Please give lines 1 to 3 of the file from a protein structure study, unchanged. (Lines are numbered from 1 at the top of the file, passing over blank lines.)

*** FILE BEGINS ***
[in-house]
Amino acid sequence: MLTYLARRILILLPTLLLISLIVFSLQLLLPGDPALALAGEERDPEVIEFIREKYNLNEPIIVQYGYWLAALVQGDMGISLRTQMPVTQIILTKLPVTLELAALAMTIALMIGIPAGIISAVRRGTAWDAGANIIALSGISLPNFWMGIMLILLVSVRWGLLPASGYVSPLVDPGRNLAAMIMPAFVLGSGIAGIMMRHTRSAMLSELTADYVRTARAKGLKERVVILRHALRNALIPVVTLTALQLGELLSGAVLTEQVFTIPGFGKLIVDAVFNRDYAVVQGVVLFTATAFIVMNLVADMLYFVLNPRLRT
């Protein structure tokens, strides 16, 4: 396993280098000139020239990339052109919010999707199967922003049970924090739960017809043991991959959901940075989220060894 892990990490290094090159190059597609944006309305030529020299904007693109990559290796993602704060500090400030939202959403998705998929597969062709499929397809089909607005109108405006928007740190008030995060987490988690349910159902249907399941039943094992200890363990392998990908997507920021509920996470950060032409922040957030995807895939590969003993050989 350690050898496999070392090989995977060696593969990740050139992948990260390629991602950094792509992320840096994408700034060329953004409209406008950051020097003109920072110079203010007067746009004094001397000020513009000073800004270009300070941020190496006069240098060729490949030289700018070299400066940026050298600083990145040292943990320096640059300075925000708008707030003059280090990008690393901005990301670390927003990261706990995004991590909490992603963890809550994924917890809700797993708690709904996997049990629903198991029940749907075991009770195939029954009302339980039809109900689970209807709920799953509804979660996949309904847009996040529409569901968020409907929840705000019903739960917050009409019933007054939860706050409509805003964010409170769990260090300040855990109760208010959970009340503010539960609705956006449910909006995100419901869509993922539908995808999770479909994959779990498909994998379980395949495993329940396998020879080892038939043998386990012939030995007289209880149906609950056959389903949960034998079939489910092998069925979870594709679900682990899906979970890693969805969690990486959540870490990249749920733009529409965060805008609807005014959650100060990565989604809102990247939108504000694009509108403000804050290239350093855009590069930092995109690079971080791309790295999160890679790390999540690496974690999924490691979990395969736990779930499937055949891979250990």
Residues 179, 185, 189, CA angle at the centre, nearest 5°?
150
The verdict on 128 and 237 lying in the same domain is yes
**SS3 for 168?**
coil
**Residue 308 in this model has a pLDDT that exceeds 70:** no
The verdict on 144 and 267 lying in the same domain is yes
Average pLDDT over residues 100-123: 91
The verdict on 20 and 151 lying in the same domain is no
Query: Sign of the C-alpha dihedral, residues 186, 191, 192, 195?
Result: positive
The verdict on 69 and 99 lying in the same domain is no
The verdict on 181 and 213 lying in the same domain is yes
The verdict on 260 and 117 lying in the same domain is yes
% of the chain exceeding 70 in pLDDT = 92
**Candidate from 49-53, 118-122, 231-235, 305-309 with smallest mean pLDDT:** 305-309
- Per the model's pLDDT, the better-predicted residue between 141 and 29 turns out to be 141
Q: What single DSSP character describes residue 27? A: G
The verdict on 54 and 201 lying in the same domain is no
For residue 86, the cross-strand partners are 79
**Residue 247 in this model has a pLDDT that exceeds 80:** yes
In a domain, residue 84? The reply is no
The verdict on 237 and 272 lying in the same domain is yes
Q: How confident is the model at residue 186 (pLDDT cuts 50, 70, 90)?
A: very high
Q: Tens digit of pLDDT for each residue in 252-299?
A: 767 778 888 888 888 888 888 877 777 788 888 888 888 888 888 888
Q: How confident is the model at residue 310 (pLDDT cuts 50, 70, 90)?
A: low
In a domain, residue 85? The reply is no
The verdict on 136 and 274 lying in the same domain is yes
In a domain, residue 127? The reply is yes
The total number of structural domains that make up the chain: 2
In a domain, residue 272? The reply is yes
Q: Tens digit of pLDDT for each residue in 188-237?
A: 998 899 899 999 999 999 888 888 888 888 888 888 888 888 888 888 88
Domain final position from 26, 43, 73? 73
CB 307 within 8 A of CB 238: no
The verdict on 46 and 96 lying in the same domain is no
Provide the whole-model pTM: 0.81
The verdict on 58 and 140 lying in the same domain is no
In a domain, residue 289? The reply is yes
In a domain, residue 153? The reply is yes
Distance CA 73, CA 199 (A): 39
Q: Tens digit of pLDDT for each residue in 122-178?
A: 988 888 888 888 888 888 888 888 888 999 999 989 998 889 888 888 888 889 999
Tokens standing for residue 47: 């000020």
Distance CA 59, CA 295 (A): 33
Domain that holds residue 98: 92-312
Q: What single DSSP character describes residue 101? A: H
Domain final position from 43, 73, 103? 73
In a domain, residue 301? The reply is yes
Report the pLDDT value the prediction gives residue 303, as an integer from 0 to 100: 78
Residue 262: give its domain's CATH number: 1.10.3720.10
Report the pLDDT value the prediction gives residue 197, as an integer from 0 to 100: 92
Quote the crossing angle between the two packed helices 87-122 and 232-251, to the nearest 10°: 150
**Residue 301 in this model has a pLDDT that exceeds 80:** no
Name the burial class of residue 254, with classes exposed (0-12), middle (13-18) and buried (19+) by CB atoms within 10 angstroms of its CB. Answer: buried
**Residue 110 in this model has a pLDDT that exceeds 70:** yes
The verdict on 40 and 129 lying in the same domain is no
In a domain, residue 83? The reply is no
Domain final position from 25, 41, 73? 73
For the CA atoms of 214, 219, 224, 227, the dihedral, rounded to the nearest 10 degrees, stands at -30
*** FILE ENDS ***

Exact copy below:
[in-house]
Amino acid sequence: MLTYLARRILILLPTLLLISLIVFSLQLLLPGDPALALAGEERDPEVIEFIREKYNLNEPIIVQYGYWLAALVQGDMGISLRTQMPVTQIILTKLPVTLELAALAMTIALMIGIPAGIISAVRRGTAWDAGANIIALSGISLPNFWMGIMLILLVSVRWGLLPASGYVSPLVDPGRNLAAMIMPAFVLGSGIAGIMMRHTRSAMLSELTADYVRTARAKGLKERVVILRHALRNALIPVVTLTALQLGELLSGAVLTEQVFTIPGFGKLIVDAVFNRDYAVVQGVVLFTATAFIVMNLVADMLYFVLNPRLRT
């Protein structure tokens, strides 16, 4: 396993280098000139020239990339052109919010999707199967922003049970924090739960017809043991991959959901940075989220060894 892990990490290094090159190059597609944006309305030529020299904007693109990559290796993602704060500090400030939202959403998705998929597969062709499929397809089909607005109108405006928007740190008030995060987490988690349910159902249907399941039943094992200890363990392998990908997507920021509920996470950060032409922040957030995807895939590969003993050989 350690050898496999070392090989995977060696593969990740050139992948990260390629991602950094792509992320840096994408700034060329953004409209406008950051020097003109920072110079203010007067746009004094001397000020513009000073800004270009300070941020190496006069240098060729490949030289700018070299400066940026050298600083990145040292943990320096640059300075925000708008707030003059280090990008690393901005990301670390927003990261706990995004991590909490992603963890809550994924917890809700797993708690709904996997049990629903198991029940749907075991009770195939029954009302339980039809109900689970209807709920799953509804979660996949309904847009996040529409569901968020409907929840705000019903739960917050009409019933007054939860706050409509805003964010409170769990260090300040855990109760208010959970009340503010539960609705956006449910909006995100419901869509993922539908995808999770479909994959779990498909994998379980395949495993329940396998020879080892038939043998386990012939030995007289209880149906609950056959389903949960034998079939489910092998069925979870594709679900682990899906979970890693969805969690990486959540870490990249749920733009529409965060805008609807005014959650100060990565989604809102990247939108504000694009509108403000804050290239350093855009590069930092995109690079971080791309790295999160890679790390999540690496974690999924490691979990395969736990779930499937055949891979250990």